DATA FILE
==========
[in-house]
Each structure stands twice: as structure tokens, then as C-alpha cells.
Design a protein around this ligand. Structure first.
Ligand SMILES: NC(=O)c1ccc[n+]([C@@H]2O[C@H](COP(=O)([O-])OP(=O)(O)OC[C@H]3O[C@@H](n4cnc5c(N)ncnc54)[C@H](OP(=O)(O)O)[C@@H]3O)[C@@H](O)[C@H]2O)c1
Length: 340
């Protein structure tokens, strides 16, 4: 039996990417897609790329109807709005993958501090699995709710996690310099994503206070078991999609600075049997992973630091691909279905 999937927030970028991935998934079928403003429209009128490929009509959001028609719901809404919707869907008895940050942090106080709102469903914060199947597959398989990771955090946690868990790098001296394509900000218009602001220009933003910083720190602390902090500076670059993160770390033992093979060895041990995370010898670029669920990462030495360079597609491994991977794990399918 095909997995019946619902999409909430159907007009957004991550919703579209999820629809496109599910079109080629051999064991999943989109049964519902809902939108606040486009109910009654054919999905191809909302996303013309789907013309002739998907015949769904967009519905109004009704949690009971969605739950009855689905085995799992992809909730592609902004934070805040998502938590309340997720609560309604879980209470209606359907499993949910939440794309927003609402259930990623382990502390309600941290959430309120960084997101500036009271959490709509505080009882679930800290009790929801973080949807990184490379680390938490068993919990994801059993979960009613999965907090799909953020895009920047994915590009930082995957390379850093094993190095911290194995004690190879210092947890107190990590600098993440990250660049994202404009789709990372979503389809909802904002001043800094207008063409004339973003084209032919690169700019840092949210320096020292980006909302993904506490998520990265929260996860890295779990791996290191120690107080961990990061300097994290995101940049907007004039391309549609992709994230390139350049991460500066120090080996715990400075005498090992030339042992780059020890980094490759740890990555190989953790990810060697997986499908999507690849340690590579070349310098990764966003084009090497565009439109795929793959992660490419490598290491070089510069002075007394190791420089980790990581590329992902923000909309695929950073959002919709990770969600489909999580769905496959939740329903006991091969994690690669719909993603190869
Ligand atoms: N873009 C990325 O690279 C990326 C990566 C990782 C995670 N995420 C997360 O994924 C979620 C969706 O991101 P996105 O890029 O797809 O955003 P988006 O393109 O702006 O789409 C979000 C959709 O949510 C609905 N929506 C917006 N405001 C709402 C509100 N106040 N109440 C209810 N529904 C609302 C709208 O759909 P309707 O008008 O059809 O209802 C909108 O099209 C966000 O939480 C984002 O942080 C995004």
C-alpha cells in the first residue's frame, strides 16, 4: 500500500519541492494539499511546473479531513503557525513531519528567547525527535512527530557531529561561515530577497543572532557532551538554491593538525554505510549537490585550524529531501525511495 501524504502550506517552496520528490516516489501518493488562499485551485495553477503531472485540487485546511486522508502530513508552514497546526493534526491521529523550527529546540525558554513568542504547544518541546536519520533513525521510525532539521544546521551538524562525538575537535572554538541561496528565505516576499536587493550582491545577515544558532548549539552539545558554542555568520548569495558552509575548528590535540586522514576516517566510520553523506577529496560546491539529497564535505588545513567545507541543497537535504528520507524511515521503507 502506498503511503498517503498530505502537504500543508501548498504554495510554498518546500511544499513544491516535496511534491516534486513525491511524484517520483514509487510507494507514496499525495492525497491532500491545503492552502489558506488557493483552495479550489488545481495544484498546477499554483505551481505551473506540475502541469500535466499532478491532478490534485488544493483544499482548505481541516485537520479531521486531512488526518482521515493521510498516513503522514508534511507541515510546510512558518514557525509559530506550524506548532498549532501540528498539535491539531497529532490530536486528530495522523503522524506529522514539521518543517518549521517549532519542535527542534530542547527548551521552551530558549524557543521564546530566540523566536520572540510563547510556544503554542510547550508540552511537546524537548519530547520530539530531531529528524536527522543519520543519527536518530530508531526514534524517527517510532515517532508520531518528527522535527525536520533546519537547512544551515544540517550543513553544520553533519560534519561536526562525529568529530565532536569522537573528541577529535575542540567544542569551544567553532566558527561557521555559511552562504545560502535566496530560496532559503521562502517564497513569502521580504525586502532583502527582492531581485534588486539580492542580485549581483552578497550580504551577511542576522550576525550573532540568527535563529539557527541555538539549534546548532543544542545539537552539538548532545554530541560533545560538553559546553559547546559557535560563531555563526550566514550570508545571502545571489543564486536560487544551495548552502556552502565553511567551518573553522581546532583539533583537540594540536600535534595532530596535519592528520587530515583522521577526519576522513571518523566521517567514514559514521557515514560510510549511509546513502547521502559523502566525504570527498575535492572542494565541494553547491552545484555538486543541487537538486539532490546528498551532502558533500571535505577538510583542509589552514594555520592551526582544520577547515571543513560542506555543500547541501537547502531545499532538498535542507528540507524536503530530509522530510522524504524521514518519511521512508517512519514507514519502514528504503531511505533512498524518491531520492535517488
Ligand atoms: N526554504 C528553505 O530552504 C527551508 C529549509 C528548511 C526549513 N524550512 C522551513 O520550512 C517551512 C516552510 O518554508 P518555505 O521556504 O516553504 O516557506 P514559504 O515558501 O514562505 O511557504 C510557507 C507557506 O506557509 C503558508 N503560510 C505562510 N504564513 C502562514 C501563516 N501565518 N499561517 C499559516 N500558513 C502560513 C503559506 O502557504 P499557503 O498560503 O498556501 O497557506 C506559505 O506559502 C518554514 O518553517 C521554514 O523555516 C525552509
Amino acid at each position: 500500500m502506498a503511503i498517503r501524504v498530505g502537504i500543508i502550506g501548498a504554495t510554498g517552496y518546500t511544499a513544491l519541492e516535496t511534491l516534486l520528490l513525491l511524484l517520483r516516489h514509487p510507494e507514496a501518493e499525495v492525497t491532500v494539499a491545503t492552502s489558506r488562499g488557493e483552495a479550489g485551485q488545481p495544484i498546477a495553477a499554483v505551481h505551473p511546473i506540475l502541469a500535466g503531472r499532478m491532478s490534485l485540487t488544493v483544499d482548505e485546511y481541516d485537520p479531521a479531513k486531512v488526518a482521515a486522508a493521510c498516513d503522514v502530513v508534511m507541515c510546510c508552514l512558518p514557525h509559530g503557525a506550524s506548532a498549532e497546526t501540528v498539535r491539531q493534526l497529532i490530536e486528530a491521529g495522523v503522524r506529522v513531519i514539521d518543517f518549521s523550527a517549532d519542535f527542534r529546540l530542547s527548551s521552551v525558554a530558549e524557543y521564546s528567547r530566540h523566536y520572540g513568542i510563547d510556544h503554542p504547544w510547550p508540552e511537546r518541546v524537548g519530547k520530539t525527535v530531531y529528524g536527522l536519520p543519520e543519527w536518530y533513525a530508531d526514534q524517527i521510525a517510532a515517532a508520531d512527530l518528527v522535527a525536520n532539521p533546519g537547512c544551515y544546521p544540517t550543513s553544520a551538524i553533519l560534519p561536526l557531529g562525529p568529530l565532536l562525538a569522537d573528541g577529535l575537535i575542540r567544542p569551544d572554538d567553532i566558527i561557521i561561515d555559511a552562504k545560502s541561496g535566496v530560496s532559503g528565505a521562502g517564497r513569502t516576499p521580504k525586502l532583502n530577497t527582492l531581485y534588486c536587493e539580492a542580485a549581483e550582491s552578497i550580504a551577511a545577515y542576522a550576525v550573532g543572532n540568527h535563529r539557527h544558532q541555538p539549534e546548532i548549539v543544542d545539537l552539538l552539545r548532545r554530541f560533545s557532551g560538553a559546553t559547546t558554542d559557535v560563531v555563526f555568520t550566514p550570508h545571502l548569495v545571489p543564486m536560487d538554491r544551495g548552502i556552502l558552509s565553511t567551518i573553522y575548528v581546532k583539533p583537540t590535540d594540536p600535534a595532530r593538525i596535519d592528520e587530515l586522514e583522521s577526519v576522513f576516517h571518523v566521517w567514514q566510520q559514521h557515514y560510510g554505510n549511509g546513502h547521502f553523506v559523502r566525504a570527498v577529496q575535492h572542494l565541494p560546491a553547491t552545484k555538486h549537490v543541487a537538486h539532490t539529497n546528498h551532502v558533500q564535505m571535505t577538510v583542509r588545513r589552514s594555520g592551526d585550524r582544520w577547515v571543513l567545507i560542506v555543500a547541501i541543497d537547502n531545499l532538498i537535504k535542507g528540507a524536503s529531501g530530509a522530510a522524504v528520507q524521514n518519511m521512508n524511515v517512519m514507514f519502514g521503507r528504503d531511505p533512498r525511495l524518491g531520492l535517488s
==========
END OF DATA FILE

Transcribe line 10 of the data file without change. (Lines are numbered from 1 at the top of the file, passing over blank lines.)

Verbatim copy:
Amino acid at each position: 500500500m502506498a503511503i498517503r501524504v498530505g502537504i500543508i502550506g501548498a504554495t510554498g517552496y518546500t511544499a513544491l519541492e516535496t511534491l516534486l520528490l513525491l511524484l517520483r516516489h514509487p510507494e507514496a501518493e499525495v492525497t491532500v494539499a491545503t492552502s489558506r488562499g488557493e483552495a479550489g485551485q488545481p495544484i498546477a495553477a499554483v505551481h505551473p511546473i506540475l502541469a500535466g503531472r499532478m491532478s490534485l485540487t488544493v483544499d482548505e485546511y481541516d485537520p479531521a479531513k486531512v488526518a482521515a486522508a493521510c498516513d503522514v502530513v508534511m507541515c510546510c508552514l512558518p514557525h509559530g503557525a506550524s506548532a498549532e497546526t501540528v498539535r491539531q493534526l497529532i490530536e486528530a491521529g495522523v503522524r506529522v513531519i514539521d518543517f518549521s523550527a517549532d519542535f527542534r529546540l530542547s527548551s521552551v525558554a530558549e524557543y521564546s528567547r530566540h523566536y520572540g513568542i510563547d510556544h503554542p504547544w510547550p508540552e511537546r518541546v524537548g519530547k520530539t525527535v530531531y529528524g536527522l536519520p543519520e543519527w536518530y533513525a530508531d526514534q524517527i521510525a517510532a515517532a508520531d512527530l518528527v522535527a525536520n532539521p533546519g537547512c544551515y544546521p544540517t550543513s553544520a551538524i553533519l560534519p561536526l557531529g562525529p568529530l565532536l562525538a569522537d573528541g577529535l575537535i575542540r567544542p569551544d572554538d567553532i566558527i561557521i561561515d555559511a552562504k545560502s541561496g535566496v530560496s532559503g528565505a521562502g517564497r513569502t516576499p521580504k525586502l532583502n530577497t527582492l531581485y534588486c536587493e539580492a542580485a549581483e550582491s552578497i550580504a551577511a545577515y542576522a550576525v550573532g543572532n540568527h535563529r539557527h544558532q541555538p539549534e546548532i548549539v543544542d545539537l552539538l552539545r548532545r554530541f560533545s557532551g560538553a559546553t559547546t558554542d559557535v560563531v555563526f555568520t550566514p550570508h545571502l548569495v545571489p543564486m536560487d538554491r544551495g548552502i556552502l558552509s565553511t567551518i573553522y575548528v581546532k583539533p583537540t590535540d594540536p600535534a595532530r593538525i596535519d592528520e587530515l586522514e583522521s577526519v576522513f576516517h571518523v566521517w567514514q566510520q559514521h557515514y560510510g554505510n549511509g546513502h547521502f553523506v559523502r566525504a570527498v577529496q575535492h572542494l565541494p560546491a553547491t552545484k555538486h549537490v543541487a537538486h539532490t539529497n546528498h551532502v558533500q564535505m571535505t577538510v583542509r588545513r589552514s594555520g592551526d585550524r582544520w577547515v571543513l567545507i560542506v555543500a547541501i541543497d537547502n531545499l532538498i537535504k535542507g528540507a524536503s529531501g530530509a522530510a522524504v528520507q524521514n518519511m521512508n524511515v517512519m514507514f519502514g521503507r528504503d531511505p533512498r525511495l524518491g531520492l535517488s